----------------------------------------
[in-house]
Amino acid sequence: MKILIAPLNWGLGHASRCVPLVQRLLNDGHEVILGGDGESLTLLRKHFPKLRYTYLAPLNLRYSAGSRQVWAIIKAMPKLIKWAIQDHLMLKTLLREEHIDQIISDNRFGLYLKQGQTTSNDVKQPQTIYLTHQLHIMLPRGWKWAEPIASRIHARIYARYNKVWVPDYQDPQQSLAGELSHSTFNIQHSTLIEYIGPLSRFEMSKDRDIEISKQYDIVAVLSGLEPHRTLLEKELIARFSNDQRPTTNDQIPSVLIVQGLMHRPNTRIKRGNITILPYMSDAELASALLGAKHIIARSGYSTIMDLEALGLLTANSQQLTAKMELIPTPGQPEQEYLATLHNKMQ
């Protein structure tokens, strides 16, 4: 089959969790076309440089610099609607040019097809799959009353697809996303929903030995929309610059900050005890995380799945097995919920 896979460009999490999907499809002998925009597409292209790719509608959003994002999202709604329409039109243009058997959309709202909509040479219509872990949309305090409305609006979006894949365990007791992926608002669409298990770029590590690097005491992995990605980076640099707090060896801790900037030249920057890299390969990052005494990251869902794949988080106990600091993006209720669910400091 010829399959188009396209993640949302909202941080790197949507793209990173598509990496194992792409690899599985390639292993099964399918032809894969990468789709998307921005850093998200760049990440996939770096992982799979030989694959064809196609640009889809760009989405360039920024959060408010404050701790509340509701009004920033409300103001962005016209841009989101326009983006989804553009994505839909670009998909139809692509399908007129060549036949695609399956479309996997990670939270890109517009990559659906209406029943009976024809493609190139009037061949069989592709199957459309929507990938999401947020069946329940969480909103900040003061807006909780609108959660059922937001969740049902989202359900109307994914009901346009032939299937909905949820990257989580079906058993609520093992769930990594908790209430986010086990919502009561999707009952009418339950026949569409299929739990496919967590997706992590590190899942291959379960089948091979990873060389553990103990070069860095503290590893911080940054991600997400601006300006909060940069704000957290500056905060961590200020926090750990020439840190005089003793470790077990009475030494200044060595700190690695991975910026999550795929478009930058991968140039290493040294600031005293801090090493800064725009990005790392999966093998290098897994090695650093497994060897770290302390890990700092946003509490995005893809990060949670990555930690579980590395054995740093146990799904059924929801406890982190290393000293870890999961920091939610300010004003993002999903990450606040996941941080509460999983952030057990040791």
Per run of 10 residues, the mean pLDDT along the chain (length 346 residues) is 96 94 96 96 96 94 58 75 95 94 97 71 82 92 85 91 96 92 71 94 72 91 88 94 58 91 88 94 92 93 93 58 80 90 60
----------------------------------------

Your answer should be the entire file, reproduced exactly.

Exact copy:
[in-house]
Amino acid sequence: MKILIAPLNWGLGHASRCVPLVQRLLNDGHEVILGGDGESLTLLRKHFPKLRYTYLAPLNLRYSAGSRQVWAIIKAMPKLIKWAIQDHLMLKTLLREEHIDQIISDNRFGLYLKQGQTTSNDVKQPQTIYLTHQLHIMLPRGWKWAEPIASRIHARIYARYNKVWVPDYQDPQQSLAGELSHSTFNIQHSTLIEYIGPLSRFEMSKDRDIEISKQYDIVAVLSGLEPHRTLLEKELIARFSNDQRPTTNDQIPSVLIVQGLMHRPNTRIKRGNITILPYMSDAELASALLGAKHIIARSGYSTIMDLEALGLLTANSQQLTAKMELIPTPGQPEQEYLATLHNKMQ
């Protein structure tokens, strides 16, 4: 089959969790076309440089610099609607040019097809799959009353697809996303929903030995929309610059900050005890995380799945097995919920 896979460009999490999907499809002998925009597409292209790719509608959003994002999202709604329409039109243009058997959309709202909509040479219509872990949309305090409305609006979006894949365990007791992926608002669409298990770029590590690097005491992995990605980076640099707090060896801790900037030249920057890299390969990052005494990251869902794949988080106990600091993006209720669910400091 010829399959188009396209993640949302909202941080790197949507793209990173598509990496194992792409690899599985390639292993099964399918032809894969990468789709998307921005850093998200760049990440996939770096992982799979030989694959064809196609640009889809760009989405360039920024959060408010404050701790509340509701009004920033409300103001962005016209841009989101326009983006989804553009994505839909670009998909139809692509399908007129060549036949695609399956479309996997990670939270890109517009990559659906209406029943009976024809493609190139009037061949069989592709199957459309929507990938999401947020069946329940969480909103900040003061807006909780609108959660059922937001969740049902989202359900109307994914009901346009032939299937909905949820990257989580079906058993609520093992769930990594908790209430986010086990919502009561999707009952009418339950026949569409299929739990496919967590997706992590590190899942291959379960089948091979990873060389553990103990070069860095503290590893911080940054991600997400601006300006909060940069704000957290500056905060961590200020926090750990020439840190005089003793470790077990009475030494200044060595700190690695991975910026999550795929478009930058991968140039290493040294600031005293801090090493800064725009990005790392999966093998290098897994090695650093497994060897770290302390890990700092946003509490995005893809990060949670990555930690579980590395054995740093146990799904059924929801406890982190290393000293870890999961920091939610300010004003993002999903990450606040996941941080509460999983952030057990040791």
Per run of 10 residues, the mean pLDDT along the chain (length 346 residues) is 96 94 96 96 96 94 58 75 95 94 97 71 82 92 85 91 96 92 71 94 72 91 88 94 58 91 88 94 92 93 93 58 80 90 60